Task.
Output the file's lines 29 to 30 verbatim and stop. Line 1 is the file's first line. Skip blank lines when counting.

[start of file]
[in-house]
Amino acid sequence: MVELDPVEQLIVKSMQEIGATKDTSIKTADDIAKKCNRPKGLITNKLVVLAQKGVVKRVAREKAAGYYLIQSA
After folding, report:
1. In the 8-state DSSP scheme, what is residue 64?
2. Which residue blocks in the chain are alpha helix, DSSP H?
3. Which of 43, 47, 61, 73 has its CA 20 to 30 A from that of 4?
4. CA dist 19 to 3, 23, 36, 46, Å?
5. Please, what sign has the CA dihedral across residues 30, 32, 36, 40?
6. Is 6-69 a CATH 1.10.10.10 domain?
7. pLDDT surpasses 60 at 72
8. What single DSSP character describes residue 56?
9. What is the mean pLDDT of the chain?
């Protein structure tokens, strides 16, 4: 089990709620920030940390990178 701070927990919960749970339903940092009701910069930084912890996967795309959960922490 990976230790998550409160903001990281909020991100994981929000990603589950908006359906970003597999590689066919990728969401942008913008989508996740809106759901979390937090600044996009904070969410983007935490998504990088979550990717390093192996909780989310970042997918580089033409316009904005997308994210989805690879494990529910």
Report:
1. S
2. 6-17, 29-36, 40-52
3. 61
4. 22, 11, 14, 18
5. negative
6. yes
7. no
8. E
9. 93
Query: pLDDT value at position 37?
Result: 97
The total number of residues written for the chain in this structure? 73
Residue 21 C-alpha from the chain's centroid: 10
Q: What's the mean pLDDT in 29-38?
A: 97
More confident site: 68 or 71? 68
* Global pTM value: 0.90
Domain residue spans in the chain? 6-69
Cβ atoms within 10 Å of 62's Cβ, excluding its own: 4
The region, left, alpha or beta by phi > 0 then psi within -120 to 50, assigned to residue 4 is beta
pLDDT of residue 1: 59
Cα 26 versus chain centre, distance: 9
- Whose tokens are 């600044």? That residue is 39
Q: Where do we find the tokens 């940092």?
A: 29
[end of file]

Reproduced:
A: 97
More confident site: 68 or 71? 68